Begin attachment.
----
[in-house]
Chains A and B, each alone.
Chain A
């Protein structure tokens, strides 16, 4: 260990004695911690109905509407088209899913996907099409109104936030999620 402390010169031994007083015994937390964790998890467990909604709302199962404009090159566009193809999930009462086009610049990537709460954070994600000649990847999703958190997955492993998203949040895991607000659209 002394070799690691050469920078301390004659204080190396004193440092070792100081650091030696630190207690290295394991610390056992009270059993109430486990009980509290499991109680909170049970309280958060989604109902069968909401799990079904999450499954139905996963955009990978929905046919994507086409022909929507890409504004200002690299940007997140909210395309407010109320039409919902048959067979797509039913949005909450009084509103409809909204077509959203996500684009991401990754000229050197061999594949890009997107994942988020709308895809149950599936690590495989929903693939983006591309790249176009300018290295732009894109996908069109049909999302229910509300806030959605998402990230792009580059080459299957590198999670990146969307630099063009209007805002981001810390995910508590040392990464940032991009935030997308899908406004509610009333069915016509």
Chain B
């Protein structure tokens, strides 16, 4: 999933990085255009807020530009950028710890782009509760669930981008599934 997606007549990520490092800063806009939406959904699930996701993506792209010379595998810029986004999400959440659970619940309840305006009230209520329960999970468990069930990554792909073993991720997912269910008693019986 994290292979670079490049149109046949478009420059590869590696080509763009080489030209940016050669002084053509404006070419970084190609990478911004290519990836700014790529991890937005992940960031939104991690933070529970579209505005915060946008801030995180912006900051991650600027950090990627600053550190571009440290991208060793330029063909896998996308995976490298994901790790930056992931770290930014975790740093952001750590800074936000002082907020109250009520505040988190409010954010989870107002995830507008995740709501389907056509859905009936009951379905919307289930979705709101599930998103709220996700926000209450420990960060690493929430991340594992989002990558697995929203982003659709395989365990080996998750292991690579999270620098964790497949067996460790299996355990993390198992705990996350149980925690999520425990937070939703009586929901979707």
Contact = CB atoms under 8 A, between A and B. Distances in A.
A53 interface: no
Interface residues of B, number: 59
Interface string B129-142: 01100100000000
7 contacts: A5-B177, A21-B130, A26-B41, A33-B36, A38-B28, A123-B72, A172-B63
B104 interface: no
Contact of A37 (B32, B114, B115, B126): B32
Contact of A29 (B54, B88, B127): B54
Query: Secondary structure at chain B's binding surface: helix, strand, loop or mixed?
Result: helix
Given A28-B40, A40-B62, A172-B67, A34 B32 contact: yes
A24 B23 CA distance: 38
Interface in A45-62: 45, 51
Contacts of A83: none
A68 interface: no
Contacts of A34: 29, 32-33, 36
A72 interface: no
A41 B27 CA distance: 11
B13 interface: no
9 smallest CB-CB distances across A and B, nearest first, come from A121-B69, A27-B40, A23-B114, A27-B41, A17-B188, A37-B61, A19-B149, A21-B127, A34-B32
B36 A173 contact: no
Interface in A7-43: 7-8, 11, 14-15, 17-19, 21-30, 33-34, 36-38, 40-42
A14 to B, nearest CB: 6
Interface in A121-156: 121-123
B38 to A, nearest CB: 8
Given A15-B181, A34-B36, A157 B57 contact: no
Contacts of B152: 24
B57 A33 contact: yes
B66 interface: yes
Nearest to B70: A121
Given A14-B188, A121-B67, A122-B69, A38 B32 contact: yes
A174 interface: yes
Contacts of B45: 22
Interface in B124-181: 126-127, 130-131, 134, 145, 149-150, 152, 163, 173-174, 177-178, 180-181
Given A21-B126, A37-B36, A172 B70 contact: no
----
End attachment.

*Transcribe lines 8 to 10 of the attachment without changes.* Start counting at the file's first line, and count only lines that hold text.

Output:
A53 interface: no
Interface residues of B, number: 59
Interface string B129-142: 01100100000000